Running To Your Goals
Running is an excellent form of aerobic activity to improve your health status, reduce disease risk, modify body composition(best when combined with a good diet) and improve all around physical fitness. It is also a weight-bearing activity that helps in maintaining bone mass and preventing osteoporosis.
Current guidelines by the American College of Sports Medicine recommend 30 minutes of moderate intensity aerobic activity at least 5 days a week for adults. Brisk walking is an excellent activity to reach this desired level of activity as it is easy to perform, uses the large muscles of the body, both upper and lower, and it does not require any expensive equipment. Running will burn more calories than brisk walking due to the increased intensity of the activity. This is great for energy expenditure but does bring with it an increased risk of injury.
Common running injury sites include feet, ankles, knees and back. Often these injuries are associated with altered lower limb biomechanics during running. For this reason, it is recommended to consult a chartered physiotherapist prior to undertaking and running activity. Physiotherapists are experts in performing lower limb biomechanical assessments and identifying abnormalities which may cause or perpetuate injury during running. These can be addressed, ideally before taking up running to ensure the risk of injury is minimised.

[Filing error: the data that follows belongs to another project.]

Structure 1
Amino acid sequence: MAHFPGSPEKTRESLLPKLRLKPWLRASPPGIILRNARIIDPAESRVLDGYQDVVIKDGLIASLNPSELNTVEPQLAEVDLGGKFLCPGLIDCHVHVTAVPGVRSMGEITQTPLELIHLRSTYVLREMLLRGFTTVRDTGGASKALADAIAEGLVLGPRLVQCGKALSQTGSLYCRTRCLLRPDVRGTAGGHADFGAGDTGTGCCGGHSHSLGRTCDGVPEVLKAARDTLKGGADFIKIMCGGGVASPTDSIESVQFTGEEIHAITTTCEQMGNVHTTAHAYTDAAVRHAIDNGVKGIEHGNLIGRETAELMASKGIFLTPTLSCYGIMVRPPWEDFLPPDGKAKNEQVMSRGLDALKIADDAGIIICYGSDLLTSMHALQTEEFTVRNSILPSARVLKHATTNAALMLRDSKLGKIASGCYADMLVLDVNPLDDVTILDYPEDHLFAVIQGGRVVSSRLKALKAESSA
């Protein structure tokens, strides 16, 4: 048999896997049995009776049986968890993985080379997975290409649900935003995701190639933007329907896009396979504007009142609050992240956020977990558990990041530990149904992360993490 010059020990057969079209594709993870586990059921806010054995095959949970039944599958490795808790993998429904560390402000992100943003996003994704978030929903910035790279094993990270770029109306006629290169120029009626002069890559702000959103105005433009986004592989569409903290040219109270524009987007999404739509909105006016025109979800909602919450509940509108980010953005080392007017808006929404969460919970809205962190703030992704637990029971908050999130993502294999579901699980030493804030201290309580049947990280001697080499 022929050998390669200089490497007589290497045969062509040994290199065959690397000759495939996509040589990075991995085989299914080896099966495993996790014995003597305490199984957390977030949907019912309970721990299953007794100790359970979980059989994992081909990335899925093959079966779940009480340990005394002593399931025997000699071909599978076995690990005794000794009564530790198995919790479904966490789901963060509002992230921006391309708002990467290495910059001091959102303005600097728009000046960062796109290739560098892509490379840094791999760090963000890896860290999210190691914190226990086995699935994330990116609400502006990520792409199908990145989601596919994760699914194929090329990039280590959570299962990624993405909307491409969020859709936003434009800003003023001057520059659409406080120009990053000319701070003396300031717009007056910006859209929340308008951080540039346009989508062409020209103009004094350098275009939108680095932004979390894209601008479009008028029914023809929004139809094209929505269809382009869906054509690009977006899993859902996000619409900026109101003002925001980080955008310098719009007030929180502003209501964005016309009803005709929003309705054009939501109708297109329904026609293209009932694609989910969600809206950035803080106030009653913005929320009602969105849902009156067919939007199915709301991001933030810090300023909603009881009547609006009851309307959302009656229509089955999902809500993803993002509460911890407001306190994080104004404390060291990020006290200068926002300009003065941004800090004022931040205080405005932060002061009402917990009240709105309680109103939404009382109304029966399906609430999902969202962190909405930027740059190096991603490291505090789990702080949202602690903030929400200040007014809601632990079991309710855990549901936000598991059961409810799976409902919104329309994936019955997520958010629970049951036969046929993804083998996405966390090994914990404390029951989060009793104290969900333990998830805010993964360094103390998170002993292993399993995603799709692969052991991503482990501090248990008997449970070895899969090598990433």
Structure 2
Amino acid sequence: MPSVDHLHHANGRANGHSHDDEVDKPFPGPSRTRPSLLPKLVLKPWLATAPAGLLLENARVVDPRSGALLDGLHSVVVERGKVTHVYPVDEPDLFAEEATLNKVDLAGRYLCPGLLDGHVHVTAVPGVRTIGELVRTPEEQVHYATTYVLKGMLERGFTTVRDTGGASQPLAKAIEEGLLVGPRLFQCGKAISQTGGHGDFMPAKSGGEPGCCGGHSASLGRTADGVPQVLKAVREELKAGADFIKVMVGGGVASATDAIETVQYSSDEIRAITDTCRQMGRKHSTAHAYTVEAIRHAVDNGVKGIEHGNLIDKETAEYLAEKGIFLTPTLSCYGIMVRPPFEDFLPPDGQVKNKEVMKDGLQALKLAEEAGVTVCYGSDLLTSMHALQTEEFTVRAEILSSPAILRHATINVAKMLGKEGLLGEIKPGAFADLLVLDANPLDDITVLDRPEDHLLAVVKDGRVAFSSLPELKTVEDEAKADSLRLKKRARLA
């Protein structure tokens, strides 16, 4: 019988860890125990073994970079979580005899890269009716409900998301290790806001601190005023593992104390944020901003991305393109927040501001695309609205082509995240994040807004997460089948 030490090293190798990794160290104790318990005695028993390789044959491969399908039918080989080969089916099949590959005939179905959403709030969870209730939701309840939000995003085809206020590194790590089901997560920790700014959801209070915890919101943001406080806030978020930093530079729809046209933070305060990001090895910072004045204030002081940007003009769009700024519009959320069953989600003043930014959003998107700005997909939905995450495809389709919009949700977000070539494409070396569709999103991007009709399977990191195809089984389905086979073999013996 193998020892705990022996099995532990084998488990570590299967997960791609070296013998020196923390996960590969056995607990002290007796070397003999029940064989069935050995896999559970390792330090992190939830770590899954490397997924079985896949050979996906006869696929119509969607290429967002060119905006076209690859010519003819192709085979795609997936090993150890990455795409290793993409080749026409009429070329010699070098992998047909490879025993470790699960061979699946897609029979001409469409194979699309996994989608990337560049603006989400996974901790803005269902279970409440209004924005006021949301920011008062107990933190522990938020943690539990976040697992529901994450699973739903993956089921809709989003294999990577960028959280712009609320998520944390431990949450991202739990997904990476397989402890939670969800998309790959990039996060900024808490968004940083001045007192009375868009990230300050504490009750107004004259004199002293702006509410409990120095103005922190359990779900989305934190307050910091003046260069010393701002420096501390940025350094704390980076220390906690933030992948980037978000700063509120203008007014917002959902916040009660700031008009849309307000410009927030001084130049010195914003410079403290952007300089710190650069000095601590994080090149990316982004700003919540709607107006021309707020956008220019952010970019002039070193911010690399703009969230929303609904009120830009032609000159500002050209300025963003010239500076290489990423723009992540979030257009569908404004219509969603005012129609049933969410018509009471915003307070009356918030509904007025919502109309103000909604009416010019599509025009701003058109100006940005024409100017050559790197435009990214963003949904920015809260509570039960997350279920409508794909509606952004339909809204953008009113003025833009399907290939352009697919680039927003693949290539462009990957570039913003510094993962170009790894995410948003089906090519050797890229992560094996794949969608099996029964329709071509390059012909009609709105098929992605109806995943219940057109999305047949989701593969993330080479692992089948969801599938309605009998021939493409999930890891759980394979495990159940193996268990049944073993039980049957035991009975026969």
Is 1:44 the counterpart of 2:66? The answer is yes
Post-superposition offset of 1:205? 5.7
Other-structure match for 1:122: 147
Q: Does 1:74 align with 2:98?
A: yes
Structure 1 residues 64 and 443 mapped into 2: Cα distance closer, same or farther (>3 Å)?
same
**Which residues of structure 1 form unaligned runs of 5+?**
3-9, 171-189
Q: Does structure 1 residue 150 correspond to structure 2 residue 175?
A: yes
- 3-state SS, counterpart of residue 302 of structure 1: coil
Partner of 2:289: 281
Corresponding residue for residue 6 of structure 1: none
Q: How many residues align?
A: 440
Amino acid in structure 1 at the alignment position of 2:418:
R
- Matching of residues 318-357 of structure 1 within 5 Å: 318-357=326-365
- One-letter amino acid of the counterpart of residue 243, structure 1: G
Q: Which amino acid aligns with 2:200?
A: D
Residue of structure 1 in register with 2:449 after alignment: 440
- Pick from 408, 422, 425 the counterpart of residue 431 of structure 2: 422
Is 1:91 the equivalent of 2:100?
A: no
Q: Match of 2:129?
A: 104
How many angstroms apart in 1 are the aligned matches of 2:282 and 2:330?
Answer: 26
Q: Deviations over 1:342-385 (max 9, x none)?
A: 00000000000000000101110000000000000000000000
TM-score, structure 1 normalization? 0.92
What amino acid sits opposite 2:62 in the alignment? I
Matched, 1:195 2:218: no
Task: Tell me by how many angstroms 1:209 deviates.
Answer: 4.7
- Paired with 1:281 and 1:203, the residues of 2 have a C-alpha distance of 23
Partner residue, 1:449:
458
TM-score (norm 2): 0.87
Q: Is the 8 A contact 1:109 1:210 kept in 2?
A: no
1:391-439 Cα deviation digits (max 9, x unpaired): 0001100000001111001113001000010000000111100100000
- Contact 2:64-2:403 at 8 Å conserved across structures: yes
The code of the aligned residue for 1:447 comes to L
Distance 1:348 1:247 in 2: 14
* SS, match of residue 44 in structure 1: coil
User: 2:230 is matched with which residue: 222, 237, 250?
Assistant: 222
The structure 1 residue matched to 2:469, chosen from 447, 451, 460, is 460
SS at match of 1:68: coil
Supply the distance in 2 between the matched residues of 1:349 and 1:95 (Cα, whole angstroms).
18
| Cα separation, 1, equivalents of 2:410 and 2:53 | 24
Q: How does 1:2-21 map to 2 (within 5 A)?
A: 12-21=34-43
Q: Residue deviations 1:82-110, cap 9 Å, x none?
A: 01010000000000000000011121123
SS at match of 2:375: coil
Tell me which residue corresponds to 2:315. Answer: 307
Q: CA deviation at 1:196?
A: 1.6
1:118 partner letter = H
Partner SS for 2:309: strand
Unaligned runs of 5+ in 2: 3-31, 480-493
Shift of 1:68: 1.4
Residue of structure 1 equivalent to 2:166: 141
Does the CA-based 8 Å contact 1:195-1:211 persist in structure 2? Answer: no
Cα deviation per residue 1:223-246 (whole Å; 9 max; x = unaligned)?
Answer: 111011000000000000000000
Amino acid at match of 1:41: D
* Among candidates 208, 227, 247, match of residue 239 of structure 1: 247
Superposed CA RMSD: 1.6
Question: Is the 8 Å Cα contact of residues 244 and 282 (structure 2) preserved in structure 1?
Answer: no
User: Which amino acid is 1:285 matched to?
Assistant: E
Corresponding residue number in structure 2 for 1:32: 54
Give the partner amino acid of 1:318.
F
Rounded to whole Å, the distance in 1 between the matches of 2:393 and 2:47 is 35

In order to run as optimally as possible and therefore reduce the risk of injury, it is advisable to increase your cadence, run with a light stride and perform appropriate flexibility, balance and strengthening exercises on an ongoing basis. This aims to reduce the amount and speed of impact forces transferred through the body. This is achieved by running with a quick, light stride with adequate dynamic alignment of the lower limb. This reduces the amount of contact time between the foot and the ground and also reduces the amount of work of the muscles of the lower limb.
An example of a common biomechanical fault is to land heavily on the heel of the foot, with the foot touching the ground while extended out in front of the body. This places a large amount of force through the heel and weight is being transferred far from the individual’s centre of gravity.
The following take home messages should help you with your running programme:
- Consult a chartered physiotherapist prior to undertaking any running programme
- Do a light warm up before you start: walking and some gentle stretches
- Start off slow: walk with short bouts of jogging at first and build up
- Increase pace or duration gradually
- Avoid excessive heel striking on landing
- Keep the slightly knee bent to absorb impact on landing and avoid landing with your foot extended far out in front of the body
- Run with a quick, light stride: short step, high cadence
- Don’t change your shoe type if you are used to your runners
- Cool down after you run: walk followed by static stretching of the major muscle groups, in particular the quadriceps, hamstrings, calves and back
Don't let the colder and darker winter season put you off, braving the variable elements adds a revitalising dose of aliveness to your regular run. Be well.